This postgraduate structure applies to all disciplines. However, in some professional areas, such as medicine, there are two postgraduate streams, one leading to the two higher academic degrees and the other to higher professional specializations.
Since 1971 (1977 in southern Vietnam) a 10-point grading system has been in use at all levels. The normal passing level is 5. The following is published by MOET as the official “definition” of grades, but especially at the tertiary level, this can vary with some institutions assigning 8-9 to the top 5% of students for example.
|Official Definition of Grades|
|9-10||uu/xuat sac||Excellent/Outstanding||About 5% of Students||7-8||kha||Good||About 35% of Students||5-6||trung binh||Average||About 50% of Students||Less Than 5||khong||Fail||About 8% of Students||dat||Pass||For Pass/Fail Courses|
The grade average usually determines promotion from classes to class and semester to semester. Sources differ on whether an average grade of 5 is always required. It appears that in some cases, a score of between 4 and 5 with no 0s may result in a pass.
As well as these subject or course grades at the primary and secondary school levels, general classifications may also be used to describe achievement in major school examinations such as the Secondary School Leaving Examination in which four subjects are examined. The classifications are:
|36-40||gioi||Very Good/Excellent||28-27||kha||Good||20-27||trung binh||Average|
Recent sources also say that another grade is coming into use, “trung binh kha” (fairly good), presumably for grades between 25 and 30.
A final note is that once accepted to university, most students tend not to concentrate on their grades as much as they had in secondary school. Their focus is more on passing. The top students, however, remain competitive as their scholarships are based on maintaining certain marks.
TUITION FEES, SCHOLARSHIPS AND LOANS FOR STUDENTS
Higher education institutions are permitted to charge fees, subject to government regulations on fee levels, the categories of students permitted to pay reduced fees or exempted from paying fees altogether, and the institutions’ use of the fees they collect.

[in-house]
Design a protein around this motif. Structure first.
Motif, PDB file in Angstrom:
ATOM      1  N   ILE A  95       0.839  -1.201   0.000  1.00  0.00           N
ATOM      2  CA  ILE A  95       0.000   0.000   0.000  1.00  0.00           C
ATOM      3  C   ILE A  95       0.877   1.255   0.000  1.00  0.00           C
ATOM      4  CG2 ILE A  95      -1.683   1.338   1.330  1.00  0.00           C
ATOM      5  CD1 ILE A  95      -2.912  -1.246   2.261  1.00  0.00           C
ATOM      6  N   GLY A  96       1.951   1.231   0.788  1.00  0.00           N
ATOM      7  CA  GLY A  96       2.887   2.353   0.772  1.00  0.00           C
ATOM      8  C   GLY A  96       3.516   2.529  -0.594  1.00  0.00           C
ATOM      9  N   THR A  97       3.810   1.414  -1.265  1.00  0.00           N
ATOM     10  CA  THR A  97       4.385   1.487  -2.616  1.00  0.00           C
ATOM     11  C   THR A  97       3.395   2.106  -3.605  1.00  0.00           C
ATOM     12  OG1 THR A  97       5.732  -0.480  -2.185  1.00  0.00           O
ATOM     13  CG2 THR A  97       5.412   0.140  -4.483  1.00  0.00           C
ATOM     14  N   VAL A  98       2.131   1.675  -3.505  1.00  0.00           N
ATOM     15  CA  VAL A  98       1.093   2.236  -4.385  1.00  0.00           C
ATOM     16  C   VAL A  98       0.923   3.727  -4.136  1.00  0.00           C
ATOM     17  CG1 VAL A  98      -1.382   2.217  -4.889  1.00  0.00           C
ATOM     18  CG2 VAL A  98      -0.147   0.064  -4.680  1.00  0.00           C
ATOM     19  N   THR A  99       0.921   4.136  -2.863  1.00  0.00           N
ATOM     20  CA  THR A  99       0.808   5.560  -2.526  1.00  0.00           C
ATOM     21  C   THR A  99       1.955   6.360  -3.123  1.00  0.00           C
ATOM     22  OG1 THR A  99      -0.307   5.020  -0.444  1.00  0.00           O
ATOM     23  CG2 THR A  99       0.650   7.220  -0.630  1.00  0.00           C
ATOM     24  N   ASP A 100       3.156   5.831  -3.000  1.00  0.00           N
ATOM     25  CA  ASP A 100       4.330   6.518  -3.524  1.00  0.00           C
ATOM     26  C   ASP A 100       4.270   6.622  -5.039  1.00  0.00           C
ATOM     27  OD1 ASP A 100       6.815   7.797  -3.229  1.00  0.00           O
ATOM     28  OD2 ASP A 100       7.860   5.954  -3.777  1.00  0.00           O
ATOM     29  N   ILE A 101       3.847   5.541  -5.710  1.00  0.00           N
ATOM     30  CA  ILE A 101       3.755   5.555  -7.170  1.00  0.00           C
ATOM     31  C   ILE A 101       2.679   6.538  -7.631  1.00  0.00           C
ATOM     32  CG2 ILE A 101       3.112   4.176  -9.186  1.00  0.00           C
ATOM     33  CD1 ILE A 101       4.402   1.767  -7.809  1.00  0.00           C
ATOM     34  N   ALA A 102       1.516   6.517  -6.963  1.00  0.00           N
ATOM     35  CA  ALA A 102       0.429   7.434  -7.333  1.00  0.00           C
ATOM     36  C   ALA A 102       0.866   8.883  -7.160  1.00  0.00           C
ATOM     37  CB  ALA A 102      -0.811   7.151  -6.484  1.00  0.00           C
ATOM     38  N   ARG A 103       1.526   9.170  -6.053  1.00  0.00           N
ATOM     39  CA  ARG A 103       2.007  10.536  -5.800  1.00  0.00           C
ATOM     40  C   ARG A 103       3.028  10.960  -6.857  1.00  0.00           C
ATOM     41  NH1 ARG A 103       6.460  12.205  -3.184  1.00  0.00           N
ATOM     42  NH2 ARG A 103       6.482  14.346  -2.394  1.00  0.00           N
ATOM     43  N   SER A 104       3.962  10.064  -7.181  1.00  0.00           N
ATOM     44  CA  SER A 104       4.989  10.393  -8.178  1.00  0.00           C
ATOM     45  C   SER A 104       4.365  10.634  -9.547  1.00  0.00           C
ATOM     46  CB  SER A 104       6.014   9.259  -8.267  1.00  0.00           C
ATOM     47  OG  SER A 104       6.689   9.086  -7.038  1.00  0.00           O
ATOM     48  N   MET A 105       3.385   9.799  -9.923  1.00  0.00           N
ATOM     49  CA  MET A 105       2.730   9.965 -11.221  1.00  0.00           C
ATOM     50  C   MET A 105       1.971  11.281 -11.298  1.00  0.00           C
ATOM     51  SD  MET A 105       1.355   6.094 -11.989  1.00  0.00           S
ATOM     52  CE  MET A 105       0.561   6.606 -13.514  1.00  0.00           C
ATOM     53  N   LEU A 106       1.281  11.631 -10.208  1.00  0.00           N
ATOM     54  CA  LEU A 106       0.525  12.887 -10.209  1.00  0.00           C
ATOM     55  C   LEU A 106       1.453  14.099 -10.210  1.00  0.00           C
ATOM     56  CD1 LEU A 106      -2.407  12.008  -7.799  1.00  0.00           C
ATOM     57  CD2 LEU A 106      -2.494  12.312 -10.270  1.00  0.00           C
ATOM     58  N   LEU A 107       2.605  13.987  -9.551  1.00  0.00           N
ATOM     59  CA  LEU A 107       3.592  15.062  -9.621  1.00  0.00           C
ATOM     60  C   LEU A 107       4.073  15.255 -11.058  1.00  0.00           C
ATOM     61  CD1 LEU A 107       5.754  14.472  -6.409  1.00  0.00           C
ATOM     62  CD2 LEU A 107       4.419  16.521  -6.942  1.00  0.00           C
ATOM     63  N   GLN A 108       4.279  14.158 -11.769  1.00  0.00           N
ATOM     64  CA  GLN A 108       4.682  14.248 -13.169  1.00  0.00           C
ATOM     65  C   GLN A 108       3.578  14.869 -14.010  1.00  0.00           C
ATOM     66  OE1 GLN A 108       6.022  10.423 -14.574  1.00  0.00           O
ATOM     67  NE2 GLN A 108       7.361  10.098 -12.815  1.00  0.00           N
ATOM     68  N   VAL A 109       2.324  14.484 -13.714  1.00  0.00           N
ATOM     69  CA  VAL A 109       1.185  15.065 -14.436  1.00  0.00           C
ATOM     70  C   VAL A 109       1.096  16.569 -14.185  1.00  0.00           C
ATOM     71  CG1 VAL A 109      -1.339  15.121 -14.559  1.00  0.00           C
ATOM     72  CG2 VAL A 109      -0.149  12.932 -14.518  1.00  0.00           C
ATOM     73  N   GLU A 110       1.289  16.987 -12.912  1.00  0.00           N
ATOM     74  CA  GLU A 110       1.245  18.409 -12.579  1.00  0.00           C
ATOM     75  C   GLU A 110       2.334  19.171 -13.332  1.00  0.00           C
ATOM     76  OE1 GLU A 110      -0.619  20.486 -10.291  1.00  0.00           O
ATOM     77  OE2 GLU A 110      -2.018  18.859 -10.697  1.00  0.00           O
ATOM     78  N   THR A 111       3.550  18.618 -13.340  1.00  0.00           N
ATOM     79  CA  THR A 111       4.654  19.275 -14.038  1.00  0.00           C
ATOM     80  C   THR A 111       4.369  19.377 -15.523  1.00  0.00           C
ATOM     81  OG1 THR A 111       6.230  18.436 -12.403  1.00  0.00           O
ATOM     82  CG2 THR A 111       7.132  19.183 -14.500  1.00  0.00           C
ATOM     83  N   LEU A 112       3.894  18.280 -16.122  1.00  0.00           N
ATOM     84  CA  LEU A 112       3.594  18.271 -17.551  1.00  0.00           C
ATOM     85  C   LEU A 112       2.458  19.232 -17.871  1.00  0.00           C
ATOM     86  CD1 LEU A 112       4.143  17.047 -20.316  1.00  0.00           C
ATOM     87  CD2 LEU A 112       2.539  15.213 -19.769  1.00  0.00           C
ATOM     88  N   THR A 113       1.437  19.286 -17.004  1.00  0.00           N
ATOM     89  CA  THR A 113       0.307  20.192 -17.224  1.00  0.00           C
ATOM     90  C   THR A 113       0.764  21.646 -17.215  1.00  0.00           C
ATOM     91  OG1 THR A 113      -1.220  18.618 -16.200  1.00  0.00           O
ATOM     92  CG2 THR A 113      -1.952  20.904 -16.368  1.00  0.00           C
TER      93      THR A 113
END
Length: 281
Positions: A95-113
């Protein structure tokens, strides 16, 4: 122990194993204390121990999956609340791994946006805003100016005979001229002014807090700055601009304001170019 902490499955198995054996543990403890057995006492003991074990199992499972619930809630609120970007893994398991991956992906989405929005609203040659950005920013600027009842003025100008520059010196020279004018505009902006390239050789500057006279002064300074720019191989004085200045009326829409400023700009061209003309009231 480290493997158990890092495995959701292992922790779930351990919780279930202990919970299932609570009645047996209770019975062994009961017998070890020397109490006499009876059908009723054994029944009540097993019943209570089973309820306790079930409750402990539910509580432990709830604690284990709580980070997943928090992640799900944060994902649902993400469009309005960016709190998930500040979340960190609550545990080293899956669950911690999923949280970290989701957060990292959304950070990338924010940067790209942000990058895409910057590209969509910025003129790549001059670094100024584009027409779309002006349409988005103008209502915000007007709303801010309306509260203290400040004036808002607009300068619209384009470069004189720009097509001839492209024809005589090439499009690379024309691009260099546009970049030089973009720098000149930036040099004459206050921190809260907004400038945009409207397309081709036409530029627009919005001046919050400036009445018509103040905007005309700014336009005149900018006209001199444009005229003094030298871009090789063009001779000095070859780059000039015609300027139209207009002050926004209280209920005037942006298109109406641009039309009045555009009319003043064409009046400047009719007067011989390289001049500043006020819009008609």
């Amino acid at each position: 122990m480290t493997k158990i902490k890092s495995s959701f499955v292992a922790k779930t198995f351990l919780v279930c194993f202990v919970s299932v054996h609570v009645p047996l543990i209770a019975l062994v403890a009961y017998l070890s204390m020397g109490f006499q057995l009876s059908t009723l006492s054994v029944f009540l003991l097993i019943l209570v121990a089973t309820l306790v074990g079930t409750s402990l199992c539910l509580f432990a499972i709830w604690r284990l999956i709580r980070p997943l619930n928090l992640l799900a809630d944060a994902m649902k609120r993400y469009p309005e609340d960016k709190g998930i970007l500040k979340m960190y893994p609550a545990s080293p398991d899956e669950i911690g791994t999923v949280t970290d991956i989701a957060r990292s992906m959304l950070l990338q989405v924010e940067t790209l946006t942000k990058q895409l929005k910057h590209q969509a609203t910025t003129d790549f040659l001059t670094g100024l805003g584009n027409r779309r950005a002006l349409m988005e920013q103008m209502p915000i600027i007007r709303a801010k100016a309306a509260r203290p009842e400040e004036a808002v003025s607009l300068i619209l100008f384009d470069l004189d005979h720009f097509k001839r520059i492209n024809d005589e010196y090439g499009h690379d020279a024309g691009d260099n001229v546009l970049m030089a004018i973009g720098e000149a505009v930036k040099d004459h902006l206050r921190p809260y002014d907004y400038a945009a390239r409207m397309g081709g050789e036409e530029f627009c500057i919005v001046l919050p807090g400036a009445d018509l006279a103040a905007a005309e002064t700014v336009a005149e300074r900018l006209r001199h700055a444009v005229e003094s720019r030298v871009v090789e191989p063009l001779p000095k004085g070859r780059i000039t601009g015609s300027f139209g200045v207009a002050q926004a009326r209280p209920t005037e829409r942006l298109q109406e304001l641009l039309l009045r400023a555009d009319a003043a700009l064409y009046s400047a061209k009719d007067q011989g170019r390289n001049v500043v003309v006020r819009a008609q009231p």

Under these measures, institutions have a measure of discretion regarding the level of tuition fees charged, but they are required to report their revenue to the line ministry or provincial governments that oversee their operations. Now, fees may also be charged for special services, such as matriculation, examinations, boarding and graduation. In addition, institutions may enter into “training contracts” with employers or provincial authorities to provide in-service training. The fees charged for these services are not regulated and may be set at full cost-recovery.
The current policies on fees and fee exemptions do not take family income into account in determining how much different families or students pay. In higher education, fee levels for different programs are supposed to reflect priority subject areas, while specific categories of students, including war invalids, orphans and ethnic minorities, may be granted fee exemptions. In the interest of equity objectives the government does provide scholarships and has recently established a student loan scheme, on a pilot basis, to assist students whose families cannot afford the fees or other private costs of public education.